The lateral collateral ligament attaches the femur to the tibia on the outer side of the knee.
It helps to restrain the knee from opening up through the outer part. Hence, it plays a role in maintaining knee stability.
A tear of the lateral collateral ligament usually results from a high force causing the outer part of the knee to open up. It is often a consequence of a direct blow to the inner part of the knee.
Lateral collateral ligament tears are graded:
Grade I: minimal fibres torn, pain but no laxity
Grade II: up to 50% of fibres torn, pain, slight localised swelling, laxity of about 5mm, knee is unstable when slightly bent but stable when it is fully straightened
Grade III: fibres are completely torn, hence there may not be any pain but increased swelling and instability is likely to be present. Grade III tears are usually associated with an ACL injury.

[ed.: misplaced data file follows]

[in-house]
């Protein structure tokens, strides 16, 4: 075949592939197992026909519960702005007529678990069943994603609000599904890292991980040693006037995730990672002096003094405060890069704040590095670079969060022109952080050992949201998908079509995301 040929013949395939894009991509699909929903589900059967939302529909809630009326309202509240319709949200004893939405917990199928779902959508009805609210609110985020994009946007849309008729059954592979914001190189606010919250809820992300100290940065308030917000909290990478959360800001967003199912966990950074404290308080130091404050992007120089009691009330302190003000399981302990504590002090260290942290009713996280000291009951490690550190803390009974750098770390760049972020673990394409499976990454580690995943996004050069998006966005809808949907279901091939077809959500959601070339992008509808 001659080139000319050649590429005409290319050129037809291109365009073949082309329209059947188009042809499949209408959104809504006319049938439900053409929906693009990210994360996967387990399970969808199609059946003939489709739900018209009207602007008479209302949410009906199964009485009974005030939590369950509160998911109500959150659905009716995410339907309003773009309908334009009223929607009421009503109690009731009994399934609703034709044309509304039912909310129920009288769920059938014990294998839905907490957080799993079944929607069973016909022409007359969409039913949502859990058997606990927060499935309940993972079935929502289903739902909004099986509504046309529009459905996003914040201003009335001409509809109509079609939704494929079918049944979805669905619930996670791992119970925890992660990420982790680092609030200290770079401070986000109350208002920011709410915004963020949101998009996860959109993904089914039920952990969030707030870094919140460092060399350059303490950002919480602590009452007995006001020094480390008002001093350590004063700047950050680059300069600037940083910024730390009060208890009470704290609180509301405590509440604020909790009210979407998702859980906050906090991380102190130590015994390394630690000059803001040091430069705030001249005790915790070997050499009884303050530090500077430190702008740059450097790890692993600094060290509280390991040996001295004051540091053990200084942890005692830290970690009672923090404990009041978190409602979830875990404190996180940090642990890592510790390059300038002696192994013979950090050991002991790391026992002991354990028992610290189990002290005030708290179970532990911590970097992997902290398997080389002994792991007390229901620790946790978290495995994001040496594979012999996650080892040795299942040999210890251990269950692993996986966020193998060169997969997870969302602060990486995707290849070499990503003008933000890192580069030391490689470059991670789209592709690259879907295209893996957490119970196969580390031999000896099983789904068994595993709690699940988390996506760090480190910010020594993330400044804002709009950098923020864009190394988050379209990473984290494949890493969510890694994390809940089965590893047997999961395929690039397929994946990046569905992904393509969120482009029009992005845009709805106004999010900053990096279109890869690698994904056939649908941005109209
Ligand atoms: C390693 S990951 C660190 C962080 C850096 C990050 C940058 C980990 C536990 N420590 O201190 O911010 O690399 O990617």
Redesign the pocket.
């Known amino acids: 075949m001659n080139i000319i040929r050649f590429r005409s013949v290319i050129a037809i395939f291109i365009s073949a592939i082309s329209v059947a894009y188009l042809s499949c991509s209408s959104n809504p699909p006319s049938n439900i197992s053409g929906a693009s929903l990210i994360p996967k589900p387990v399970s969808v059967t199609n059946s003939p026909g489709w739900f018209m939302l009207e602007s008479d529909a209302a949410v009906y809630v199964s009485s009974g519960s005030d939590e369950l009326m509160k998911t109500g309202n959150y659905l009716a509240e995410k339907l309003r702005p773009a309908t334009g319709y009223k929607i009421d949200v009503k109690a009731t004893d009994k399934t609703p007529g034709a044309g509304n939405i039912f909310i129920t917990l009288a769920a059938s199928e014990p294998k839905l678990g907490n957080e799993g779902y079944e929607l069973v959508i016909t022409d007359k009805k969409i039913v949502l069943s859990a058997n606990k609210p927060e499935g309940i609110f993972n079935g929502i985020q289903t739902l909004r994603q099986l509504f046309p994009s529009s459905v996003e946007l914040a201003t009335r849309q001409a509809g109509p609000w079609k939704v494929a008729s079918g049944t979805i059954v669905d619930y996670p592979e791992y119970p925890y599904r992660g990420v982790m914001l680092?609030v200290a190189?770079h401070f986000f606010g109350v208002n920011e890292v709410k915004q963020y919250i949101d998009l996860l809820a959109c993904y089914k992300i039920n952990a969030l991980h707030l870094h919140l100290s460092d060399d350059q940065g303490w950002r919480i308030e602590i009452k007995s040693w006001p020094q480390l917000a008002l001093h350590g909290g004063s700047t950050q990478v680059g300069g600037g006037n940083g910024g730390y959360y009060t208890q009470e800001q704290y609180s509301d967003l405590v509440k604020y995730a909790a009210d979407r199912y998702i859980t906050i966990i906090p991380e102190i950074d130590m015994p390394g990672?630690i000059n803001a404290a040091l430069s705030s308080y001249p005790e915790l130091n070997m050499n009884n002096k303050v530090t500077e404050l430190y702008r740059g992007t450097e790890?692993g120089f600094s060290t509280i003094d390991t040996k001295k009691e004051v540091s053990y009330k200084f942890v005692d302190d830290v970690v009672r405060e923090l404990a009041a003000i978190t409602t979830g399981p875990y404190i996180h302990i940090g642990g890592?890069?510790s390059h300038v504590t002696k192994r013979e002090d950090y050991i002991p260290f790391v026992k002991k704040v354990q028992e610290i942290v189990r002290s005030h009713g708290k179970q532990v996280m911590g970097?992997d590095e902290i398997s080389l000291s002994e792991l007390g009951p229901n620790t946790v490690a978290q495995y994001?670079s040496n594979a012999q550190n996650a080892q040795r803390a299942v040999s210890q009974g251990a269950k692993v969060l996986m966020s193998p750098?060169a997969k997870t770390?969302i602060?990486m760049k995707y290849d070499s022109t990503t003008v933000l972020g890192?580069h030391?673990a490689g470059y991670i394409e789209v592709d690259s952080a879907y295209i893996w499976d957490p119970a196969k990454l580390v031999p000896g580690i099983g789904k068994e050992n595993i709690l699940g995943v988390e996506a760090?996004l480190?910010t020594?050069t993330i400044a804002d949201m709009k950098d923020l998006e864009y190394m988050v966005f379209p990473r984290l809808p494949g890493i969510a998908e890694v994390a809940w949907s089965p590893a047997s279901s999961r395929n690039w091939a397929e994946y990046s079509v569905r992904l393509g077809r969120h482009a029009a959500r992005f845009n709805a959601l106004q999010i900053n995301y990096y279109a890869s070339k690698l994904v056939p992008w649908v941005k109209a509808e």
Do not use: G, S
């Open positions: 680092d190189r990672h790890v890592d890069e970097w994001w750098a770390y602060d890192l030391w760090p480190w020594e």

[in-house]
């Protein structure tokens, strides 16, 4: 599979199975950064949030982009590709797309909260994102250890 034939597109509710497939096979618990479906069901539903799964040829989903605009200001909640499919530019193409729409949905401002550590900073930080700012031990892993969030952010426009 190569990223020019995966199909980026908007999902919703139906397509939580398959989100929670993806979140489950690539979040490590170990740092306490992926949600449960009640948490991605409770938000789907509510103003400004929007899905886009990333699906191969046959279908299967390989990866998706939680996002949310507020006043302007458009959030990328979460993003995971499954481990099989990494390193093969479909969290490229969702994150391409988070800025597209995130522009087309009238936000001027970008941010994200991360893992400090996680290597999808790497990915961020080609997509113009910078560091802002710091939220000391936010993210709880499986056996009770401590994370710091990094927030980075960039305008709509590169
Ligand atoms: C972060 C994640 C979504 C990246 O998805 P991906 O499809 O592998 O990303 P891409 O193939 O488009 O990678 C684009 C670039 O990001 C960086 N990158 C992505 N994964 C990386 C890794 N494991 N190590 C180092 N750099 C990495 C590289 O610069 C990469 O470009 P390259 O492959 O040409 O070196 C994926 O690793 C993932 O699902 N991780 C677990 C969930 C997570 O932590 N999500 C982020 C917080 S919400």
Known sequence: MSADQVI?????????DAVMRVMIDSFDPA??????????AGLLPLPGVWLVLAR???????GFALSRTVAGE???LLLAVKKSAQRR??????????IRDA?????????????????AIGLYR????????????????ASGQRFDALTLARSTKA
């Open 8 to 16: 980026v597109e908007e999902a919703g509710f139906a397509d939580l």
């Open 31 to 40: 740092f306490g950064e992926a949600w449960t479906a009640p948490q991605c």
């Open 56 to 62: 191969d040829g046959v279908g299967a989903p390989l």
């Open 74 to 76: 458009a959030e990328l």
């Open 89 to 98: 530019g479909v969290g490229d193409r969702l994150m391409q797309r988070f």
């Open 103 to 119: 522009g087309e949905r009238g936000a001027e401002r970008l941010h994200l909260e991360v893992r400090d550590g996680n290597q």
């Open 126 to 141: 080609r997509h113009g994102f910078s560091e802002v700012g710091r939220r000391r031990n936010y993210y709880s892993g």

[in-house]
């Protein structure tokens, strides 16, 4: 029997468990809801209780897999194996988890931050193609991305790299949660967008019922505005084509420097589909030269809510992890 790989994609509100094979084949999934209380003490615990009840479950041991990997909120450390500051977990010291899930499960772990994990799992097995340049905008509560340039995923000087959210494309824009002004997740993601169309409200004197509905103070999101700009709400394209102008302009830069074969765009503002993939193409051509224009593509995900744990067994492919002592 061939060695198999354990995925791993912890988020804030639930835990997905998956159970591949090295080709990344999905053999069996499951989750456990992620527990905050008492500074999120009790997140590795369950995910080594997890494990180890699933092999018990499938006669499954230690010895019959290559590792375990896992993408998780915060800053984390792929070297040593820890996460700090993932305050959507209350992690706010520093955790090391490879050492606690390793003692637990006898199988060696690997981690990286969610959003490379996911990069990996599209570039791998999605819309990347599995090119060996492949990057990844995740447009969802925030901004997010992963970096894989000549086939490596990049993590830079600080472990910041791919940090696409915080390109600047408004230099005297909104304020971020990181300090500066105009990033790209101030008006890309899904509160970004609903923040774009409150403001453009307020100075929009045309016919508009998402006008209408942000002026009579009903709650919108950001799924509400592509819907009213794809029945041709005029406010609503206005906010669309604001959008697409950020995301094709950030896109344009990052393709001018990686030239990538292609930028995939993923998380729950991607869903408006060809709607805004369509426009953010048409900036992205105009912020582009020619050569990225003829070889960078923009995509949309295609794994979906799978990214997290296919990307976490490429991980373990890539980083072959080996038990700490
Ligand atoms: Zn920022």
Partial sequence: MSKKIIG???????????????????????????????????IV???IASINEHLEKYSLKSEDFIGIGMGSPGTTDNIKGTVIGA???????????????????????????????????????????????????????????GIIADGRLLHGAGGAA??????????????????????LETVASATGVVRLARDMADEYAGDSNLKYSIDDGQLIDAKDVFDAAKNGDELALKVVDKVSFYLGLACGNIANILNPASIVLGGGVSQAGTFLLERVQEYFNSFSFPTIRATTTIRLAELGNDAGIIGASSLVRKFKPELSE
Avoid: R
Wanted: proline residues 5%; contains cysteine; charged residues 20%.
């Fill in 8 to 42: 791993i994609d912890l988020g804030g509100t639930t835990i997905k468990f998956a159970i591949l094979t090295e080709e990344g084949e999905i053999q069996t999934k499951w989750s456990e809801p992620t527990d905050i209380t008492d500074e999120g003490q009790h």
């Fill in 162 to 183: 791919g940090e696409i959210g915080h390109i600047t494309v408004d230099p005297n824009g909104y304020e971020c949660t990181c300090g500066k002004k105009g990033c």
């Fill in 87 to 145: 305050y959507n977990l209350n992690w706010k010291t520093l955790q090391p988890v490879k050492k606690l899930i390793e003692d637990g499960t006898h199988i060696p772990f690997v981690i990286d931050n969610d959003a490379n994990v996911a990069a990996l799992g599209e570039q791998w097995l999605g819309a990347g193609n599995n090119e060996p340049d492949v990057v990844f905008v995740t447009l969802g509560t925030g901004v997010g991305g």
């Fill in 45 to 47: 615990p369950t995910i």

Patients recover well with Physiotherapy treatment and should expect to be able to return to normal sports/ activities.
Complete tears of the lateral collateral ligament usually occur in conjunction with injuries to other structures of the knee. In these cases, surgery is usually indicated for full recovery.
- Initial management, if an MCL tear is suspected, should involve ice, elevation and compression bandage. Diagnosis by a Physiotherapist or Doctor
- Physiotherapy aims to restore pain- free range of movement with capacity to return to normal activity through soft tissue releases, strapping, knee motor control and strengthening exercises, stretches and proprioceptive exercises
- Grade III tears may sometimes require surgical repair if it has not responded to conservative management.